The Republicans know they have to do something to fulfil their "repeal and replace" campaign promises, but finding a solution will take all the political skill the congressional leadership, and the Trump administration, can muster.
How have Republicans reacted to the CBO report?
House Speaker Paul Ryan highlighted the CBO's conclusions on deficit reduction and decreased premiums. "I recognise and appreciate concerns about making sure people have access to coverage," Mr Ryan said.
"[O]ur plan is not about forcing people to buy expensive, one-size-fits-all coverage. It is about giving people more choices and better access to a plan they want and can afford."
Health and Human Services Secretary Tom Price said the administration "strenuously disagreed" with the report's findings on the number of people who would lose coverage.
"Right now, current law, we've got individuals who have health coverage but no healthcare," he said after the assessment was released.
Mr Price contended the new plan would cover more individuals at a lower cost.
How have Democrats reacted?
Democrats jumped on the figures in the CBO assessment. California Representative Adam Schiff called the numbers "appalling".
"Now we know why Speaker Ryan rushed to pass his repeal bill; CBO says it kicks 24 million off their healthcare in next 10 years. Appalling," Mr Schiff tweeted.
Virginia Representative Don Beyer called it a "disaster".
Why is Trump proposing a new bill?
During his campaign, Mr Trump promised to scrap most elements of Obamacare.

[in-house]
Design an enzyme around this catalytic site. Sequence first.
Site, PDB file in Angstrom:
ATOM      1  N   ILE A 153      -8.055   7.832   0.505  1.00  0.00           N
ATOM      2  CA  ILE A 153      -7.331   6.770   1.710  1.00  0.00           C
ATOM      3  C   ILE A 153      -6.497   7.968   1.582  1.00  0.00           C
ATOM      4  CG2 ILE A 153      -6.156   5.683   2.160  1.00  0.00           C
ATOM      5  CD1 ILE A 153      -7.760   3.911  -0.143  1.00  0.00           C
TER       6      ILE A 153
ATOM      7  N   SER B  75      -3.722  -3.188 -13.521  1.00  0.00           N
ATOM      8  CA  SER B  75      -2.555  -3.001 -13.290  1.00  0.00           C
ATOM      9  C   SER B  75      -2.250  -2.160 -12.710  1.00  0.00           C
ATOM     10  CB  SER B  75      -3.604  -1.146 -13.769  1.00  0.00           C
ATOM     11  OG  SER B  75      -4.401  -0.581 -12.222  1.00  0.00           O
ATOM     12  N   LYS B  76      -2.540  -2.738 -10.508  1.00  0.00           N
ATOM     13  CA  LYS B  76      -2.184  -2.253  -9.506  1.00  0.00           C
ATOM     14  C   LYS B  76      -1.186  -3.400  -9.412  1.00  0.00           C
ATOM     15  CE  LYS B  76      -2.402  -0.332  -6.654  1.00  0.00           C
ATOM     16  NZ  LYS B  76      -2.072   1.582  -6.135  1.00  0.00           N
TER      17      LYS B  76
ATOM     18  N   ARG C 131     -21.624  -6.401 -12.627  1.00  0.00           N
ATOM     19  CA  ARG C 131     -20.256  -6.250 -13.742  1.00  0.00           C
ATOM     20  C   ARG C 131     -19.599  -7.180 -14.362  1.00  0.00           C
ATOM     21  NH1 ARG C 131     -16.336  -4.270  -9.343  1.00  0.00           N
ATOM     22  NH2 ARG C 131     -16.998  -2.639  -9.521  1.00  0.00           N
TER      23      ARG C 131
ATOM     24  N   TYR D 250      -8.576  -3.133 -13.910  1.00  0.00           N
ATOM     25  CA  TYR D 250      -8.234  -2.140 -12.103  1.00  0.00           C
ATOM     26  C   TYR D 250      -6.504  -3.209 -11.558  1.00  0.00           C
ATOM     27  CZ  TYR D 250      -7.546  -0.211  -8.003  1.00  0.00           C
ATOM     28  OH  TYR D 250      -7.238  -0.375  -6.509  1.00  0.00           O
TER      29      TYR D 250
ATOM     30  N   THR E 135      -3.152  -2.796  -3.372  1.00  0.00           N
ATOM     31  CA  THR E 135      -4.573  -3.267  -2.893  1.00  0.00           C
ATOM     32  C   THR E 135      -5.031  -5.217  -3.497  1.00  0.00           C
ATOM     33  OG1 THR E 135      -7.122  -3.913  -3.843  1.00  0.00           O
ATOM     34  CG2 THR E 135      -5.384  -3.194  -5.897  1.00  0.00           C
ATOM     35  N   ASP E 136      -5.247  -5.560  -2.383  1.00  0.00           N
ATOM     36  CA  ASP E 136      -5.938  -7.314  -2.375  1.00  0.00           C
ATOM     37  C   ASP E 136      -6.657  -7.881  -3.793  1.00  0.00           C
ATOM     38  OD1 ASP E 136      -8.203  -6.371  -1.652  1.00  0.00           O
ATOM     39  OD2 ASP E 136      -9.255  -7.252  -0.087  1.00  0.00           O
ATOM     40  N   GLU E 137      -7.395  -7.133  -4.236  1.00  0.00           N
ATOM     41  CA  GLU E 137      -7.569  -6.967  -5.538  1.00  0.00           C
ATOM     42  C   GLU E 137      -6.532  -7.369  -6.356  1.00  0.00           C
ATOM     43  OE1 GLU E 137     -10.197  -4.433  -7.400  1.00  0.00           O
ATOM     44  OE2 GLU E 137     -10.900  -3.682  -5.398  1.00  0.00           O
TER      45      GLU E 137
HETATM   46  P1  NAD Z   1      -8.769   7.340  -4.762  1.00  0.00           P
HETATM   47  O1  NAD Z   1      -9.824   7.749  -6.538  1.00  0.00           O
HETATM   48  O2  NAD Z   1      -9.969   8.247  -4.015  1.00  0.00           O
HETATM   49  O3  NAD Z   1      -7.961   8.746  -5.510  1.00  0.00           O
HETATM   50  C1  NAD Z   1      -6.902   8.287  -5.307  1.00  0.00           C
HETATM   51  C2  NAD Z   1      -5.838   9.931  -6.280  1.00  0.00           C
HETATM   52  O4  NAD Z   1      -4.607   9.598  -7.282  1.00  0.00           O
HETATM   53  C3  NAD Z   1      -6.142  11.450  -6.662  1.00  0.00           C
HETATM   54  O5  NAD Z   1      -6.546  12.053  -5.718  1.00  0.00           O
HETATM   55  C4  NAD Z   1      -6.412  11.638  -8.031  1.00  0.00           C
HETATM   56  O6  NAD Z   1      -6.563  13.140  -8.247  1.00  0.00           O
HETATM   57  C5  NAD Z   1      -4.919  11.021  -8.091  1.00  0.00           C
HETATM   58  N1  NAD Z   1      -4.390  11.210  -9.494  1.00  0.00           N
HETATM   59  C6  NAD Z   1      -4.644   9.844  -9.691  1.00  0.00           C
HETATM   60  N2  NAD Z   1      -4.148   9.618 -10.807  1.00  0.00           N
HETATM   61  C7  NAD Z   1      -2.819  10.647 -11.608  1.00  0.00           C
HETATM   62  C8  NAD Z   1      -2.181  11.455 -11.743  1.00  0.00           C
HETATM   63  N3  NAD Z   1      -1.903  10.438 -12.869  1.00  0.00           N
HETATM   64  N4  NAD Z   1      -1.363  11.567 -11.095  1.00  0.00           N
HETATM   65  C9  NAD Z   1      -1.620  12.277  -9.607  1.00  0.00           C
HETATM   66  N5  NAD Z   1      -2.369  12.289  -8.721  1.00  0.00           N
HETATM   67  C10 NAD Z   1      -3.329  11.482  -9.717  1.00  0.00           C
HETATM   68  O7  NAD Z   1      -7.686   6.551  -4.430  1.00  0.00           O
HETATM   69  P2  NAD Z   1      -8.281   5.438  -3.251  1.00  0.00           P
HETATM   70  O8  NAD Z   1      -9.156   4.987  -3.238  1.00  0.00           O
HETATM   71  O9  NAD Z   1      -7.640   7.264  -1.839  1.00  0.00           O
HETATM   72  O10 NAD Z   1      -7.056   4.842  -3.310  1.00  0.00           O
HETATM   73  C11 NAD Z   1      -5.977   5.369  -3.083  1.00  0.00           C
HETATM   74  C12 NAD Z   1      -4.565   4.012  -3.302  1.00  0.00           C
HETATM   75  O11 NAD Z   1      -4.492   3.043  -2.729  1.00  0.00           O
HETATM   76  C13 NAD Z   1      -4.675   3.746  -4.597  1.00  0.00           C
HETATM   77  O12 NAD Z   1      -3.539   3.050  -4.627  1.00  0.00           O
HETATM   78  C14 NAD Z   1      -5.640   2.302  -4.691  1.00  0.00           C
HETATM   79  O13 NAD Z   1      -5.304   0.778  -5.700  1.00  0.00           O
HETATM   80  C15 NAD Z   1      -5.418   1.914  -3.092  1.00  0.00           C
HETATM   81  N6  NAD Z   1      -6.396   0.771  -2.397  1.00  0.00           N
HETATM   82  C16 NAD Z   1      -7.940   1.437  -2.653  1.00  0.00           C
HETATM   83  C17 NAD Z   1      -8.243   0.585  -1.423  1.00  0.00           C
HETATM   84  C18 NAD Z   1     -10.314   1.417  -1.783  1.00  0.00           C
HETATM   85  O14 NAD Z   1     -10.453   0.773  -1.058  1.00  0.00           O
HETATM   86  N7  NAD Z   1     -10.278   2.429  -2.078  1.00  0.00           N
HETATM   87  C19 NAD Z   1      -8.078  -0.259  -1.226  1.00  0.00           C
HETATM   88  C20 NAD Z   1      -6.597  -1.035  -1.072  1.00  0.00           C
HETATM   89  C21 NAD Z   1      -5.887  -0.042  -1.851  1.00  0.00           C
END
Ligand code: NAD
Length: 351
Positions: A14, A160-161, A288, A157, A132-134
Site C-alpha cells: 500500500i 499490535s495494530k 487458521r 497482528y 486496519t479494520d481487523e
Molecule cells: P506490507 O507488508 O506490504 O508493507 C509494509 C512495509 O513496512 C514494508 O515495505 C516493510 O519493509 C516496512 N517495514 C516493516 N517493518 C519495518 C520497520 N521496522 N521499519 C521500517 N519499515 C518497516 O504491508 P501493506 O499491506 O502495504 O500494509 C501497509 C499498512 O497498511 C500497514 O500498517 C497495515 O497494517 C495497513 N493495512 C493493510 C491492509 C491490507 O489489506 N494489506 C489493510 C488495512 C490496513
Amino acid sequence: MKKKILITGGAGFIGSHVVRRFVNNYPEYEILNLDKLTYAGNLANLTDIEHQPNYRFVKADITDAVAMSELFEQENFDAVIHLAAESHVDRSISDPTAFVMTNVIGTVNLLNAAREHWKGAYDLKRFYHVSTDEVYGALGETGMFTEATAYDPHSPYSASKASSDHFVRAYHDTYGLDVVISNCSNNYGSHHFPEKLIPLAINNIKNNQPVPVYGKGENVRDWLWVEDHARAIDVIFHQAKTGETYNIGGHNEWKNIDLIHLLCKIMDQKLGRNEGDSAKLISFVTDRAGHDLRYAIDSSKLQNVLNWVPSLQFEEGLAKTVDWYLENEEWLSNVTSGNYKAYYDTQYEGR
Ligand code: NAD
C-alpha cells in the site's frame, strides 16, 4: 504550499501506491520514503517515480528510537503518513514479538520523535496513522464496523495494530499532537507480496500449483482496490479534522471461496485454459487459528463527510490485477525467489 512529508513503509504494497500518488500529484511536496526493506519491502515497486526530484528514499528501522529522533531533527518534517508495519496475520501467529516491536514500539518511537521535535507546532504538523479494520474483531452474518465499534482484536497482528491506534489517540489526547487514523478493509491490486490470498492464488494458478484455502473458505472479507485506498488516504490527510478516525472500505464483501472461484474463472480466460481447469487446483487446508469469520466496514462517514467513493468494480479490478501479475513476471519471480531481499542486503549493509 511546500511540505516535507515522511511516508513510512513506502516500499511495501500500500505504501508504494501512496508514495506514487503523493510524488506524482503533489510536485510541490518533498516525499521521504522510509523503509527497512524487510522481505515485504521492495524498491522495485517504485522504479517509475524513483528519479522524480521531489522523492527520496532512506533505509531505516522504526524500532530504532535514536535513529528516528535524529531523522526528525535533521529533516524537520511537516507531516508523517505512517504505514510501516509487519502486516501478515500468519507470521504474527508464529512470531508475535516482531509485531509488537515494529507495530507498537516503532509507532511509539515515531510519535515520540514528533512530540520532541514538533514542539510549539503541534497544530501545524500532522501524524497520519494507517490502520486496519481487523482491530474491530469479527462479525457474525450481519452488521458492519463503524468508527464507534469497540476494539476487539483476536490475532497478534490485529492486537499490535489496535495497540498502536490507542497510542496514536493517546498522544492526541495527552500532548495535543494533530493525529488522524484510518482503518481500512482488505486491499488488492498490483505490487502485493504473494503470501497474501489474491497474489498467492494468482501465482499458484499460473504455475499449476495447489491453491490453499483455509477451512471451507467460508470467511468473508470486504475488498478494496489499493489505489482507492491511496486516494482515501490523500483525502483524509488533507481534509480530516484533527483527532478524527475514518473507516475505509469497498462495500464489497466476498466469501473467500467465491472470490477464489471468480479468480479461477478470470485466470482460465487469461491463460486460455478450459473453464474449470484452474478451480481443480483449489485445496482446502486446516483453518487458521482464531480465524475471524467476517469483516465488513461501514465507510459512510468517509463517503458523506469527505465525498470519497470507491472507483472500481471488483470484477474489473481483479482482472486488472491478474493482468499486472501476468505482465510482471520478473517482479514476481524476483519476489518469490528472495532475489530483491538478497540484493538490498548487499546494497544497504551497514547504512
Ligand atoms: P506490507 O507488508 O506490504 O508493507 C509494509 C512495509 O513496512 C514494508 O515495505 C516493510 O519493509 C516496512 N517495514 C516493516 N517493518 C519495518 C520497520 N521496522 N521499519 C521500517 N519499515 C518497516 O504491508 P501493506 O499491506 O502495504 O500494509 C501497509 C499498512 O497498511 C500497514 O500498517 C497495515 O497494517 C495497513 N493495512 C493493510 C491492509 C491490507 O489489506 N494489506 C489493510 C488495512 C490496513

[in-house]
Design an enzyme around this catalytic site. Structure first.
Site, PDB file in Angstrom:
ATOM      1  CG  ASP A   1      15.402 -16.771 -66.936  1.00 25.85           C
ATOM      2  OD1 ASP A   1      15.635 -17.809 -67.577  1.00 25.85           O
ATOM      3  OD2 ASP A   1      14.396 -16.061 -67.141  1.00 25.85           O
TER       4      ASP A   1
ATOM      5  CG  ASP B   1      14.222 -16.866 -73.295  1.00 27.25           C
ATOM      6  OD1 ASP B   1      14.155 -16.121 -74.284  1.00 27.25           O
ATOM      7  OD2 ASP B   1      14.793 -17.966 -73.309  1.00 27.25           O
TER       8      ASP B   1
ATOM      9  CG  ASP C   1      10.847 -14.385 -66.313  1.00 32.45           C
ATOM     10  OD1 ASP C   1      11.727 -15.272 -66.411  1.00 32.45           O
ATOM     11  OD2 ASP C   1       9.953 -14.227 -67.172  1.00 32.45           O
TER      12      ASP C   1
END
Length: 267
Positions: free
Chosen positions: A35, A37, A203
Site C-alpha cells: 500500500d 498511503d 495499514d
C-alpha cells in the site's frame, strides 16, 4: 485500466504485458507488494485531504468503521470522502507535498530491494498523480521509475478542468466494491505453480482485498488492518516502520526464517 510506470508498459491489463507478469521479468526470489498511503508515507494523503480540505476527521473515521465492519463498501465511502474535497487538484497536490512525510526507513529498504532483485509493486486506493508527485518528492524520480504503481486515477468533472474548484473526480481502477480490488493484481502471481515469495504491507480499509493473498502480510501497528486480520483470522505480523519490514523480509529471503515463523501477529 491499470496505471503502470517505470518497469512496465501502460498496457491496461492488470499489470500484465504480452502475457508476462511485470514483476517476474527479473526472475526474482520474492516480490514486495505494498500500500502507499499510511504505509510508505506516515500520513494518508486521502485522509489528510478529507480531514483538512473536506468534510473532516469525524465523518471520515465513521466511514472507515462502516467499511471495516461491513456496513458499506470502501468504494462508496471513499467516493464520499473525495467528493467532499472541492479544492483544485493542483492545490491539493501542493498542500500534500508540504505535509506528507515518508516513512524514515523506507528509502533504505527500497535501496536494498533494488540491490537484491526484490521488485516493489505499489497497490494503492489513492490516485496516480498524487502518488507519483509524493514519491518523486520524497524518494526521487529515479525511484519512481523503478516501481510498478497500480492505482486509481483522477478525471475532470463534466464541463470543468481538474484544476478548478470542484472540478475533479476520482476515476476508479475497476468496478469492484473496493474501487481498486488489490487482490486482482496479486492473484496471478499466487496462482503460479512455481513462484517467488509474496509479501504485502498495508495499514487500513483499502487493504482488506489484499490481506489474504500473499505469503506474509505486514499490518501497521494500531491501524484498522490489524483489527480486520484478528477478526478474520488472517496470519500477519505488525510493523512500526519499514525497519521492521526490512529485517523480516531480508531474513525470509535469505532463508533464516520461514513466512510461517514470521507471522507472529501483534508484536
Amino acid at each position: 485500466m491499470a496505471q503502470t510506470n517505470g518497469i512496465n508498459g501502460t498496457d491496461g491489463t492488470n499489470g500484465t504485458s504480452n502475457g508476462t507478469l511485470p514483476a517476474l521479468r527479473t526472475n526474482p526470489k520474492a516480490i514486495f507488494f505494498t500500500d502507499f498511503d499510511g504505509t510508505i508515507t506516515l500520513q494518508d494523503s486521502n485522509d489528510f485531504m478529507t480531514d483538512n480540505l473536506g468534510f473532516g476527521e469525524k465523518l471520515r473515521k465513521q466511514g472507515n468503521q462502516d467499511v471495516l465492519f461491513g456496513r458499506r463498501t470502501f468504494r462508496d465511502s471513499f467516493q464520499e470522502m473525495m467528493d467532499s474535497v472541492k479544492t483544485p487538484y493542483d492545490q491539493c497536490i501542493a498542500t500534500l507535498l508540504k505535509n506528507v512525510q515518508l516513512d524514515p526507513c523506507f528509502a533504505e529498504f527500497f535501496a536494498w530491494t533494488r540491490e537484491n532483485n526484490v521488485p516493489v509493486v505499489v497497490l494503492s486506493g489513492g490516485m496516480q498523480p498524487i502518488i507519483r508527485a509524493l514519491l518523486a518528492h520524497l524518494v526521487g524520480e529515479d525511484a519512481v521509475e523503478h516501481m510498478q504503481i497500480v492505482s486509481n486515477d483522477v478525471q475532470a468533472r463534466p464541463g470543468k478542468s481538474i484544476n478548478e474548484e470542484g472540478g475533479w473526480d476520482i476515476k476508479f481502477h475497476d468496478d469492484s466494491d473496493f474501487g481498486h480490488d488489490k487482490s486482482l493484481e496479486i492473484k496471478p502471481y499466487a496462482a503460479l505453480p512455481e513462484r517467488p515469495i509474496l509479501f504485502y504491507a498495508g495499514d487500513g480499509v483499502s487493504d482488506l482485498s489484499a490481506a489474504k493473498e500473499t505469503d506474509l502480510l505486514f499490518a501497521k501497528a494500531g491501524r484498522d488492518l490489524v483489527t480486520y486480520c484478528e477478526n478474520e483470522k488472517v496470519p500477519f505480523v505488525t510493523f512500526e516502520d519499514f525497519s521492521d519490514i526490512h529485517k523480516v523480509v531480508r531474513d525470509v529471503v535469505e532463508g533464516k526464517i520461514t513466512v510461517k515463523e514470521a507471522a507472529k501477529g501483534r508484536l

The legislation is hugely unpopular among Republicans, who claim it imposes too many costs on business and is an unwarranted government intrusion into the affairs of businesses and individuals.
They say the AHCA will lower costs and argue that statistics showing it will lower coverage are misleading.
Democrats have accused Republicans of attacking the legislation simply in order to attack the credibility of Mr Obama and the Democrat party.


Trump healthcare plan 'will strip insurance from 14 million' - BBC News
apple.news...




posted on Mar, 14 2017 @ 03:30 AM
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off-topic post removed to prevent thread-drift


 



posted on Mar, 14 2017 @ 03:58 AM
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a reply to: Pandaram

The entire GOP plan is to purge as many undesirables as possible then incarcerate or send the rest of America to syria.



posted on Mar, 14 2017 @ 04:27 AM
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a reply to: Pandaram

Its gonna be a HUGE plan, gonna be fantastic...best ever, all other plans are fake...Trump will build a wall around hospitals to keep those pesky uninsured losers out...its gonna be great...he will keep on winning...